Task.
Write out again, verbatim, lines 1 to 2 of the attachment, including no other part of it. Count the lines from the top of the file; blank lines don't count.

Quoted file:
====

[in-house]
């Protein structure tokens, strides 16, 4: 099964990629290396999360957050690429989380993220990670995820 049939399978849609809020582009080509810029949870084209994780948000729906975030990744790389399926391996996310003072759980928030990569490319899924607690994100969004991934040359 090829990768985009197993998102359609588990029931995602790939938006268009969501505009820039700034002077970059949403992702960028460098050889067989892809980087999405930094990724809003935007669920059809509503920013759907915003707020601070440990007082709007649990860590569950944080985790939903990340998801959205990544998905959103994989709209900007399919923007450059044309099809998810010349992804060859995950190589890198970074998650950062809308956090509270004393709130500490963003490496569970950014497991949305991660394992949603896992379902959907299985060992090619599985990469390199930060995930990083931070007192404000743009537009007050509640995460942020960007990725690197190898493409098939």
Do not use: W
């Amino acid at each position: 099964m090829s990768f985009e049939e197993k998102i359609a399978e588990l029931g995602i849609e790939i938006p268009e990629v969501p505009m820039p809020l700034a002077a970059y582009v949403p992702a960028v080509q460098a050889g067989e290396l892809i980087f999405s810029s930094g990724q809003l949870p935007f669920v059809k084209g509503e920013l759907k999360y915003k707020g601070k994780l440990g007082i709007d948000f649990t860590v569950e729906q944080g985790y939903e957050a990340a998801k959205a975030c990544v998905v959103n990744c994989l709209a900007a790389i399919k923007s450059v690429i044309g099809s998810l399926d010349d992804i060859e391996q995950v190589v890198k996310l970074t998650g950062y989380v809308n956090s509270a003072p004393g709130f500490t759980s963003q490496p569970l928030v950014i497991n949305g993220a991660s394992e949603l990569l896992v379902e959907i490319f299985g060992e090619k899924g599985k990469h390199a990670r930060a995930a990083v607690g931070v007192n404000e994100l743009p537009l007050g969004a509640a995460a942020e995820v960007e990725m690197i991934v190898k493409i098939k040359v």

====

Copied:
[in-house]
């Protein structure tokens, strides 16, 4: 099964990629290396999360957050690429989380993220990670995820 049939399978849609809020582009080509810029949870084209994780948000729906975030990744790389399926391996996310003072759980928030990569490319899924607690994100969004991934040359 090829990768985009197993998102359609588990029931995602790939938006268009969501505009820039700034002077970059949403992702960028460098050889067989892809980087999405930094990724809003935007669920059809509503920013759907915003707020601070440990007082709007649990860590569950944080985790939903990340998801959205990544998905959103994989709209900007399919923007450059044309099809998810010349992804060859995950190589890198970074998650950062809308956090509270004393709130500490963003490496569970950014497991949305991660394992949603896992379902959907299985060992090619599985990469390199930060995930990083931070007192404000743009537009007050509640995460942020960007990725690197190898493409098939």